To assess software security more objectively, ESG asked respondents whether their organization ever experienced a security incident directly related to the compromise of internally developed software. As it turns out, one-third of critical infrastructure organizations have experienced one or several security incidents that were directly related to the compromise of internally developed software (see Figure 18).

From an industry perspective, 39% of financial services firms have experienced a security incident directly related to the compromise of internally developed software compared with 30% of organizations from other critical infrastructure industries. This happens in spite of the fact that financial services tend to have advanced cybersecurity skills and adequate cybersecurity resources. ESG finds this data particularly troubling since a cyber-attack on a major U.S. bank could disrupt the domestic financial system, impact global markets, and cause massive consumer panic.

Figure 17. Confidence Level in Security of Internally Developed Software
Figure
Figure 18. Security Incidents Related to the Compromise of Internally Developed Software
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Critical infrastructure organizations recognize the risks associated with insecure software and are actively employing a variety of security controls and software assurance programs. The most popular of these is also the easiest to implement as 51% of the organizations surveyed have deployed application firewalls to block application-layer cyber-attacks such as SQL injections and cross-site scripting (XSS). In addition to deploying application firewalls, about half of the critical infrastructure organizations surveyed also include security testing tools as part of their software development processes, measuring their software security against publicly available standards, providing secure software development training to internal developers, and adopting secure software development lifecycle processes (see Figure 19). Of course, many organizations are engaged in several of these activities simultaneously in order to bolster the security of their homegrown software.

Figure 19. Security Activities Included as Part of the Software Development Process
Figure

Secure software development programs are certainly a step in the right direction, but software assurance effectiveness is a function of two factors: the types of programs employed and the consistency of these programs. ESG research reveals that just over half of critical infrastructure organizations treat secure software development processes and procedures as an enterprise mandate, so it’s likely that these firms have a consistent secure software development methodology across the organization.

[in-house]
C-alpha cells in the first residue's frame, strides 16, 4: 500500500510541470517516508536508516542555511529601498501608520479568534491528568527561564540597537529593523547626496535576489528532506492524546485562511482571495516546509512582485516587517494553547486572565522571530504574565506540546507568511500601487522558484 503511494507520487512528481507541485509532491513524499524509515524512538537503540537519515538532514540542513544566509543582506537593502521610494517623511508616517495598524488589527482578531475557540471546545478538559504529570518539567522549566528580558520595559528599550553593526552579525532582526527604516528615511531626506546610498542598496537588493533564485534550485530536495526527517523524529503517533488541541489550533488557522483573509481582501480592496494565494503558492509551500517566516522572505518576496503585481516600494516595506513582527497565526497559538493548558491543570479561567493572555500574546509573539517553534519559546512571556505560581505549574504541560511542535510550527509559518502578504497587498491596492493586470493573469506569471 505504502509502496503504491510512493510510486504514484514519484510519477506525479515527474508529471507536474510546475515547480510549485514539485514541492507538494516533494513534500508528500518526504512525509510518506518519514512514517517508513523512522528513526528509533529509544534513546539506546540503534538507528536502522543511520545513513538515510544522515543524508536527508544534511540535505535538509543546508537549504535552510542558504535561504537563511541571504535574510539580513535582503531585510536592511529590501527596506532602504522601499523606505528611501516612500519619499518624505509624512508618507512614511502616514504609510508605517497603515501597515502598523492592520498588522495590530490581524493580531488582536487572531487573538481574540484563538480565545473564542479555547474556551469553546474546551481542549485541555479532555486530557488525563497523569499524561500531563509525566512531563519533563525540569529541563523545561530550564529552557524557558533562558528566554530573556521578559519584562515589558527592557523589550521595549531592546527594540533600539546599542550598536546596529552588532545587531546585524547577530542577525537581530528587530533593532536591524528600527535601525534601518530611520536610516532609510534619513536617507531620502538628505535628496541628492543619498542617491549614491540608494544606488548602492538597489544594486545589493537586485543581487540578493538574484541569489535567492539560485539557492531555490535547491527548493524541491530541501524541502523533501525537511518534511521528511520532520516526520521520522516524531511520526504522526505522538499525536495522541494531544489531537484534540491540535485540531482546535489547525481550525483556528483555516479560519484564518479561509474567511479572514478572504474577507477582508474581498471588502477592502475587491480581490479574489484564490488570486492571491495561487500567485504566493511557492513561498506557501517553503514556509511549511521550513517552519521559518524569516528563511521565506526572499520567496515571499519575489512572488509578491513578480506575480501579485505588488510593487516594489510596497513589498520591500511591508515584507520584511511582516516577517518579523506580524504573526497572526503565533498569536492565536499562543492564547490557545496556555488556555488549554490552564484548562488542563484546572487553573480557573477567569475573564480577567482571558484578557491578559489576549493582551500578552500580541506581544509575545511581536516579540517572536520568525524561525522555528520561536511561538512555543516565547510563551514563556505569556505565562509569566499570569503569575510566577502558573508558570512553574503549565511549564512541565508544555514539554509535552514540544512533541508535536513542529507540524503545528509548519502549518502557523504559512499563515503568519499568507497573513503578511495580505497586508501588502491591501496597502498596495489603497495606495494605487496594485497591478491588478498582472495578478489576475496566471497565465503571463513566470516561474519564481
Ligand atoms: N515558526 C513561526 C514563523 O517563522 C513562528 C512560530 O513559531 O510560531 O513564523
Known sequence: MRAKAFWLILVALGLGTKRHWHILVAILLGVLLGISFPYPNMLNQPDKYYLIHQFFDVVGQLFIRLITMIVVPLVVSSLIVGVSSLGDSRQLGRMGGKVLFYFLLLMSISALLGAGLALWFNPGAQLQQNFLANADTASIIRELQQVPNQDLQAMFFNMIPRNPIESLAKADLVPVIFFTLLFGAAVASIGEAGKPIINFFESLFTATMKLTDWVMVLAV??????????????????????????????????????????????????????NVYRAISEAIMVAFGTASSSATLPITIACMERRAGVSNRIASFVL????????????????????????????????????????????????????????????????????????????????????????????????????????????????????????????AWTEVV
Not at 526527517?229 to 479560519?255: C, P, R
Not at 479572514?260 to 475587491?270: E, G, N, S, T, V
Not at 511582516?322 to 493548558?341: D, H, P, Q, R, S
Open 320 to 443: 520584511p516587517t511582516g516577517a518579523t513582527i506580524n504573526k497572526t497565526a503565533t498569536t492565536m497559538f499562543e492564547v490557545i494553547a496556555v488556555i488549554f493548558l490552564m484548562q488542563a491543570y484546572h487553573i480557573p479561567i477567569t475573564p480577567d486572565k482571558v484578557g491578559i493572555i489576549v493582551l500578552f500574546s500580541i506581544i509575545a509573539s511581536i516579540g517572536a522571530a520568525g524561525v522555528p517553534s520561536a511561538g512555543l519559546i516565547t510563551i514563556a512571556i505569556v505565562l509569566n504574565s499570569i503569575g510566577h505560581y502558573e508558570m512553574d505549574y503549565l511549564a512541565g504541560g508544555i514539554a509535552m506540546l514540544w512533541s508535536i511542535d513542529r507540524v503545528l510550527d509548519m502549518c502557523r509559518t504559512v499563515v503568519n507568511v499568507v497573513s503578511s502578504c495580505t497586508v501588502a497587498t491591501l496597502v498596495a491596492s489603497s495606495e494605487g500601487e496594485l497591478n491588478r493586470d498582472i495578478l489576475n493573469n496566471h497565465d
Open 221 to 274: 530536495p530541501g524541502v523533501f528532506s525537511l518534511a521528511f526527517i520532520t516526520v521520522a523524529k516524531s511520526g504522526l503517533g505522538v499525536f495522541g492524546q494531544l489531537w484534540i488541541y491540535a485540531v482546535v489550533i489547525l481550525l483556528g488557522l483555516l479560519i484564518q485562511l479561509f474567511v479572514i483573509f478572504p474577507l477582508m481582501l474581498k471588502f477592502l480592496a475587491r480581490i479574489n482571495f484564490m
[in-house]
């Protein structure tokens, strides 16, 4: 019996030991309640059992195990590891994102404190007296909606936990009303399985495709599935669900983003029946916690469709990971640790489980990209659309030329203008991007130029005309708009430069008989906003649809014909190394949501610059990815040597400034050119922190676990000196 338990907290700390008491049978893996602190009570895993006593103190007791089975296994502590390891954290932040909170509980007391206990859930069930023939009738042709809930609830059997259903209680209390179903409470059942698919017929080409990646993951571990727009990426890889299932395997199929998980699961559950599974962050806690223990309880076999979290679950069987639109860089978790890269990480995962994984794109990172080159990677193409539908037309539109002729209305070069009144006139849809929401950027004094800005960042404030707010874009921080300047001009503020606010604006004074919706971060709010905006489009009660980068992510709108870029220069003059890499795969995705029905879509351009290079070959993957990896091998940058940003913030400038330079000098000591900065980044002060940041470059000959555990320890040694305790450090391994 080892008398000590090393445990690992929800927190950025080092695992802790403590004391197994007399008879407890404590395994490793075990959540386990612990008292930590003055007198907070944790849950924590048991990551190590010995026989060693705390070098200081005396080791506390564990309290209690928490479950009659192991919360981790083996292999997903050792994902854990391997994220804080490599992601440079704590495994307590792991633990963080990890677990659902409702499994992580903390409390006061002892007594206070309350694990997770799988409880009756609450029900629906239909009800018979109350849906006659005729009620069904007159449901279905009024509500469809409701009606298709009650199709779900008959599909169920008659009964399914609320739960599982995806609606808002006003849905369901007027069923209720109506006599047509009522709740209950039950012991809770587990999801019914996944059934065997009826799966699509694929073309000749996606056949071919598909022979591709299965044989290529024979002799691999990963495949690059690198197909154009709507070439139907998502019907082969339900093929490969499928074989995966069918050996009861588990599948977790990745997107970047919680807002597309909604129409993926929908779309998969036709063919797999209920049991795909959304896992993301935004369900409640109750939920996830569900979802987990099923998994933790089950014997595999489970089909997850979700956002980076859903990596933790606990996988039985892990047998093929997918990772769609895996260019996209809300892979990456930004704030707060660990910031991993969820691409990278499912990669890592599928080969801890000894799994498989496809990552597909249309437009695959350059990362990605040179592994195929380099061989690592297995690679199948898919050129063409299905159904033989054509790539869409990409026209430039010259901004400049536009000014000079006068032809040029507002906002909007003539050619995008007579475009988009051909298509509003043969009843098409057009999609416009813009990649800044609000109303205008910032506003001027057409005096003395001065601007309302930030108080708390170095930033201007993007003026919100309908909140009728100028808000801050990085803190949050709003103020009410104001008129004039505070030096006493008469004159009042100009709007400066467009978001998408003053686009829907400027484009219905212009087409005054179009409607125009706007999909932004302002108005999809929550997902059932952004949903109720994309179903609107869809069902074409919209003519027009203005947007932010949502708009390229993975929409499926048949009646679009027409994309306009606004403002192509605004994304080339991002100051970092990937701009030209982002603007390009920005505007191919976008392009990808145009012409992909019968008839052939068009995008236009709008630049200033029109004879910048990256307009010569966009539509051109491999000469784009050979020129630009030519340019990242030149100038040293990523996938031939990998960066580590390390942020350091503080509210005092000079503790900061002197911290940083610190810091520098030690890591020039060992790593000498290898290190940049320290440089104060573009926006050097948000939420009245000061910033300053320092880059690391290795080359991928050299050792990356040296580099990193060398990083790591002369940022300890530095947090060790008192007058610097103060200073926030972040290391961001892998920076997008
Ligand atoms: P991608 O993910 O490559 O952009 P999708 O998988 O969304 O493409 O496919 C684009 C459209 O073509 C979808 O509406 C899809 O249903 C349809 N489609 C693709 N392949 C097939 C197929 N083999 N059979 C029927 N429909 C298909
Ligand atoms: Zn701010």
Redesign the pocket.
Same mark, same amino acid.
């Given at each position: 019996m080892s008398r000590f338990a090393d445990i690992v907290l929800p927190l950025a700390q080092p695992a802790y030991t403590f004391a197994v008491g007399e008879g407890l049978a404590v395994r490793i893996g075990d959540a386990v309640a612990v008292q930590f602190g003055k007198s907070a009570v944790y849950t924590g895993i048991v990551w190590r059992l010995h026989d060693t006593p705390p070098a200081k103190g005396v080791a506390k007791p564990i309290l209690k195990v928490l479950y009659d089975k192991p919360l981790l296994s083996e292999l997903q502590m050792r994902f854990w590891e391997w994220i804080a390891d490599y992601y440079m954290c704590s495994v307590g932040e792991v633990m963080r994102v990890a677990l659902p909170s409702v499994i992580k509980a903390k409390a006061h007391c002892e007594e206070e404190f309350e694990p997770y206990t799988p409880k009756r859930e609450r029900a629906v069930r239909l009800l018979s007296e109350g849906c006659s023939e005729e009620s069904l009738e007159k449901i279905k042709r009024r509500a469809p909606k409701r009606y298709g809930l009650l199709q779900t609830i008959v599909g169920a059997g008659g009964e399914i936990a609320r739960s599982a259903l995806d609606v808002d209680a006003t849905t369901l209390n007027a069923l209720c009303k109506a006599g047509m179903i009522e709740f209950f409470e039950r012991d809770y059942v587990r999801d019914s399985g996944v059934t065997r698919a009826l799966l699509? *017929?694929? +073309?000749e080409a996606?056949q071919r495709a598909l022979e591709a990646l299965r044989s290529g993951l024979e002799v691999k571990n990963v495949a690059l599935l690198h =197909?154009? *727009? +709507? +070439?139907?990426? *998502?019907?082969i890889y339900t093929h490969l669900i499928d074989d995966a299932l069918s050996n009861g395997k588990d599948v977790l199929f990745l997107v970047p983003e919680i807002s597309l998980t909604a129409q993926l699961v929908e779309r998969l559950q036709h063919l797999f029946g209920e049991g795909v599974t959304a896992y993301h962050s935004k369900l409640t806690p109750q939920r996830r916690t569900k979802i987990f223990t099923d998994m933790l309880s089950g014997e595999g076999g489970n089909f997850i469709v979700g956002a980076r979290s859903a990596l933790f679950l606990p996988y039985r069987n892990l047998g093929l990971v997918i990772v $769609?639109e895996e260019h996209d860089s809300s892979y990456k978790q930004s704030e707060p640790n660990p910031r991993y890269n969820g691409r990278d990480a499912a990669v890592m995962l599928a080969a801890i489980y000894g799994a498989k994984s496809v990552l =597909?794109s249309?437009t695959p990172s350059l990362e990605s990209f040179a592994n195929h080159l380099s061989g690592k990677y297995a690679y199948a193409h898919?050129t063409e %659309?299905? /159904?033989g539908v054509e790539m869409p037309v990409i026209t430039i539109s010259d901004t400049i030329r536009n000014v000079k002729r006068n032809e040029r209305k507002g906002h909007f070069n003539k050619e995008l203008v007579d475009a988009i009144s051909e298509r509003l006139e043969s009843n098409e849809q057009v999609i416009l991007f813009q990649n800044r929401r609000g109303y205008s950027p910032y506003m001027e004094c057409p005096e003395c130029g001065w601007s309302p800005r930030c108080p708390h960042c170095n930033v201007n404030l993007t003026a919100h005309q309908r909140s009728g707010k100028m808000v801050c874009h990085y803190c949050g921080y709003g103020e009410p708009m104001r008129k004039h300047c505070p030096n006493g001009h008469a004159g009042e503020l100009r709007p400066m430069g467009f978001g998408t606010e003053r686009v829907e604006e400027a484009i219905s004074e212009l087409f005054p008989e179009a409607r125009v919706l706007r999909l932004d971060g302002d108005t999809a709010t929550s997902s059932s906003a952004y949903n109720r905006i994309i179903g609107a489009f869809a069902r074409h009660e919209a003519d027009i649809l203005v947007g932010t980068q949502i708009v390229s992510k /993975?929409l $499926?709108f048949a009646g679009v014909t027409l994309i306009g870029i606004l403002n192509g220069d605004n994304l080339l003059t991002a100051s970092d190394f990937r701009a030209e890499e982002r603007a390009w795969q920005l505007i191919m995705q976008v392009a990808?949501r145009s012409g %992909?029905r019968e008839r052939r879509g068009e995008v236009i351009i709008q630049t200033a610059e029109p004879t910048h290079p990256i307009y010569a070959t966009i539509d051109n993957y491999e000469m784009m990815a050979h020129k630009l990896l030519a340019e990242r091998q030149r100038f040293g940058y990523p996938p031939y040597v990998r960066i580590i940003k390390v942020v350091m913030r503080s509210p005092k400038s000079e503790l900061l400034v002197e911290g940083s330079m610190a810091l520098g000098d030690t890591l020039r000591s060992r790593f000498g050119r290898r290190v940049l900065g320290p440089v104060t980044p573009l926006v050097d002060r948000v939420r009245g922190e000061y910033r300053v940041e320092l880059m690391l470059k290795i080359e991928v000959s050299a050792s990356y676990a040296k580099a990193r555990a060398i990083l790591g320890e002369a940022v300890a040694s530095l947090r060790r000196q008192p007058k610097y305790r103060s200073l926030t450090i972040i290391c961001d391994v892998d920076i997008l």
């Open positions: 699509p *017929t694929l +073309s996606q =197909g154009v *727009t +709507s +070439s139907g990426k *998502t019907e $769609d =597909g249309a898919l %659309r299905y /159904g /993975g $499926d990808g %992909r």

Alternatively, 42% of the critical infrastructure organizations surveyed implement secure software development processes and procedures as departmental or line-of-business mandates (see Figure 20). Decentralized software security processes like these can lead to tremendous variability where some departments institute strong software assurance programs while others do not. Furthermore, secure software development programs can vary throughout the enterprise where one department provides training and formal processes while another simply deploys an application firewall. As the old saying goes, “One bad apple can spoil the whole bunch”—a single department that deploys insecure internally developed software can open the door to damaging cyber-attacks that impact the entire enterprise and disrupt critical infrastructure services like food distribution, health care, or telecommunications.

Figure 20. Secure Software Development Initiatives
Figure

Critical infrastructure organizations are implementing secure software development programs for a number of reasons, including adhering to general cybersecurity best practices (63%), meeting regulatory compliance mandates (55%), and even lowering costs by fixing software security bugs in the development process (see Figure 21).

It is also worth noting that 27% of critical infrastructure organizations are establishing secure software development programs in anticipation of new legislation. These organizations may be thinking in terms of the NIST cybersecurity framework (CSF) first introduced in February 2014. Although compliance with the CSF is voluntary today, it may evolve into a common risk management and regulatory compliance standard that supersedes other government and industry regulations like FISMA, GLBA, HIPAA, and PCI-DSS in the future. Furthermore, the CSF may also become a standard for benchmarking IT risk as part of cyber insurance underwriting and may be used to determine organizations’ insurance premiums. Given these possibilities, critical infrastructure organizations would be wise to consult the CSF, assess CSF recommendations for software security, and use the CSF to guide their software security processes and controls wherever possible.

Figure 21. Why Organizations Chose to Establish a Secure Software Development Program
Figure

Aside from the ongoing software security actions taken today, critical infrastructure organizations also have future plans—28% plan to include specific security testing tools as part of software development, 25% will add web application firewalls to their infrastructure, and 24% will hire developers and development managers with secure software development skills (see Figure 22). These ambitious plans indicate that CISOs recognize their software development security deficiencies and are taking precautions in order to mitigate risk.